What makes diesels different?
A diesel engine produces more particulate in the system as a result of combustion that can create deposits in the fuel system and can lead to reduced fuel economy and power. Short stop and go trips are more susceptible to this build-up of deposits, typically due to the diesel particulate filter not getting hot enough to regenerate.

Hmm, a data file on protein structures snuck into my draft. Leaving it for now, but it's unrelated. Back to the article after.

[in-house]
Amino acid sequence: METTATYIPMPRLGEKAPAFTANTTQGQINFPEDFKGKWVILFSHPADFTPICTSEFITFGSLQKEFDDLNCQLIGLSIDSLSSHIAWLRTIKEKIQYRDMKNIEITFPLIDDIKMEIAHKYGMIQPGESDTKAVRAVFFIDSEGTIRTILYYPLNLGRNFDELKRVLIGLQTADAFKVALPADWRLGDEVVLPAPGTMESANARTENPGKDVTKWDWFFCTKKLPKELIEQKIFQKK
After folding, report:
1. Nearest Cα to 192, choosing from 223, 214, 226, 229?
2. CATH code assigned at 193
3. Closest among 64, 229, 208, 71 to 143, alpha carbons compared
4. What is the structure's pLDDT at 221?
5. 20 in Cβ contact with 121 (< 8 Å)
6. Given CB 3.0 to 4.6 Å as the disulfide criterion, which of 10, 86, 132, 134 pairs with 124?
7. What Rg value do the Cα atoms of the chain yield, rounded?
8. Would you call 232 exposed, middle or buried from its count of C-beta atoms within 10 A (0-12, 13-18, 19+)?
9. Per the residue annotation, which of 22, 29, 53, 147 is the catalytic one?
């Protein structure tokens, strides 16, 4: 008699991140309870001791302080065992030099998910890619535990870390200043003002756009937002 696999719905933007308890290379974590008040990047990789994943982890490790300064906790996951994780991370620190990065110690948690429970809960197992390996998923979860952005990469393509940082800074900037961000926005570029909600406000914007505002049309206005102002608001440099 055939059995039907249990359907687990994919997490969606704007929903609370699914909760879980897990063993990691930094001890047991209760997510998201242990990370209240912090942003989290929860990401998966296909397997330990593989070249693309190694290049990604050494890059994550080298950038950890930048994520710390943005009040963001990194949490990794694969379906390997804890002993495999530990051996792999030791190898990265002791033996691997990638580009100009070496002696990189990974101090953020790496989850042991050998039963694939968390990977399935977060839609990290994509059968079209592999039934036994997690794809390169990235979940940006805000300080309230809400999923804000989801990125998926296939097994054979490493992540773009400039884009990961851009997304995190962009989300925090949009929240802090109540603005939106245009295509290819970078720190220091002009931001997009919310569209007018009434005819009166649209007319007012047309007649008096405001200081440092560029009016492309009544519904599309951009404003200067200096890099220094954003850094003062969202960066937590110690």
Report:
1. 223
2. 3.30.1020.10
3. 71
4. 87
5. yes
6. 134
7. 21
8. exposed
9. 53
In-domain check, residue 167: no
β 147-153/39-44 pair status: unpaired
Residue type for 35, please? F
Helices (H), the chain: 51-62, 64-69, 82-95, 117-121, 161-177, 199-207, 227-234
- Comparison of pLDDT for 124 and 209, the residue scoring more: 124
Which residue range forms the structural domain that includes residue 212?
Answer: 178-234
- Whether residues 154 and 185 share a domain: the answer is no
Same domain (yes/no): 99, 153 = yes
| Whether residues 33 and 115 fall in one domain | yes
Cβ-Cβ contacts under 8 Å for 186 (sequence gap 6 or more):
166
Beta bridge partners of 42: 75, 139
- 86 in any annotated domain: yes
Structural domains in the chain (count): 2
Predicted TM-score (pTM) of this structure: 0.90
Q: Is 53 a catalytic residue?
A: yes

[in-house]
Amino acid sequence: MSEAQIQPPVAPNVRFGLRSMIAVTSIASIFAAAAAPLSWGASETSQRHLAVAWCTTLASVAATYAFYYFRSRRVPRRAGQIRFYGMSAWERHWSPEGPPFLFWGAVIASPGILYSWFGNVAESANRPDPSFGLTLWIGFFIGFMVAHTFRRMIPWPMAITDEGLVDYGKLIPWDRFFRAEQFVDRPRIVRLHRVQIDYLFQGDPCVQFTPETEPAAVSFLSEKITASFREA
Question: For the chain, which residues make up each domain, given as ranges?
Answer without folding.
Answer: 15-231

Injectors are designed to deliver a precisely measured mist of fuel into the combustion chamber, but a dirty injector will disrupt this fine pattern into a coarse, intermittent stream, and can lead to decreased fuel efficiency.
Diesel fuels may form waxes or be contaminated with water that can plug the fuel filter. These conditions may result in poor starting, rough idling, poor combustion, hesitation or power loss under acceleration, stalling, loss of fuel economy and increased emissions.
In colder temperatures, the paraffins in diesel may form into gel that can, in severe cases, block the fuel filter and fuel line leading to poor starting or no starts.